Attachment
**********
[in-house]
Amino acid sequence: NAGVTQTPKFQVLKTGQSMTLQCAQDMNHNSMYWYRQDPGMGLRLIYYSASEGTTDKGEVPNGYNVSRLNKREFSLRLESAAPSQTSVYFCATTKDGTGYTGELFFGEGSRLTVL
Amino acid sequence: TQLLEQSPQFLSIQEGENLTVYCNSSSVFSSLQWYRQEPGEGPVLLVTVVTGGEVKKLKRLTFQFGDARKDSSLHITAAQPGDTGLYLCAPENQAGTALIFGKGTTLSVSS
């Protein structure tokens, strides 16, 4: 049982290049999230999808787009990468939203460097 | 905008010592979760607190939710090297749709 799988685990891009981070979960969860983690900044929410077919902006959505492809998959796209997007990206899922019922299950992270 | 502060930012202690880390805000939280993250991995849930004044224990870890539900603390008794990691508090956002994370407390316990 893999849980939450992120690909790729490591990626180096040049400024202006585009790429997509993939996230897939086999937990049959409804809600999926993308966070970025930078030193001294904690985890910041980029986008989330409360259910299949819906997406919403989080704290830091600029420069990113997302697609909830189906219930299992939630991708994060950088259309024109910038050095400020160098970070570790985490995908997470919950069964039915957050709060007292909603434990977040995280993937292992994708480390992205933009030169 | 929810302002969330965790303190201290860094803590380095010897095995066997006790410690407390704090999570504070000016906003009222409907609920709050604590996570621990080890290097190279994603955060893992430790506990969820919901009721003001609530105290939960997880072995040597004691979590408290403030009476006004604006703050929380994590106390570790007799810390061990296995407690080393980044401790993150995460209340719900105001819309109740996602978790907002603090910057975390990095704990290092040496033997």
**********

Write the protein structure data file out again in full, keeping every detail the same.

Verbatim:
[in-house]
Amino acid sequence: NAGVTQTPKFQVLKTGQSMTLQCAQDMNHNSMYWYRQDPGMGLRLIYYSASEGTTDKGEVPNGYNVSRLNKREFSLRLESAAPSQTSVYFCATTKDGTGYTGELFFGEGSRLTVL
Amino acid sequence: TQLLEQSPQFLSIQEGENLTVYCNSSSVFSSLQWYRQEPGEGPVLLVTVVTGGEVKKLKRLTFQFGDARKDSSLHITAAQPGDTGLYLCAPENQAGTALIFGKGTTLSVSS
């Protein structure tokens, strides 16, 4: 049982290049999230999808787009990468939203460097 | 905008010592979760607190939710090297749709 799988685990891009981070979960969860983690900044929410077919902006959505492809998959796209997007990206899922019922299950992270 | 502060930012202690880390805000939280993250991995849930004044224990870890539900603390008794990691508090956002994370407390316990 893999849980939450992120690909790729490591990626180096040049400024202006585009790429997509993939996230897939086999937990049959409804809600999926993308966070970025930078030193001294904690985890910041980029986008989330409360259910299949819906997406919403989080704290830091600029420069990113997302697609909830189906219930299992939630991708994060950088259309024109910038050095400020160098970070570790985490995908997470919950069964039915957050709060007292909603434990977040995280993937292992994708480390992205933009030169 | 929810302002969330965790303190201290860094803590380095010897095995066997006790410690407390704090999570504070000016906003009222409907609920709050604590996570621990080890290097190279994603955060893992430790506990969820919901009721003001609530105290939960997880072995040597004691979590408290403030009476006004604006703050929380994590106390570790007799810390061990296995407690080393980044401790993150995460209340719900105001819309109740996602978790907002603090910057975390990095704990290092040496033997």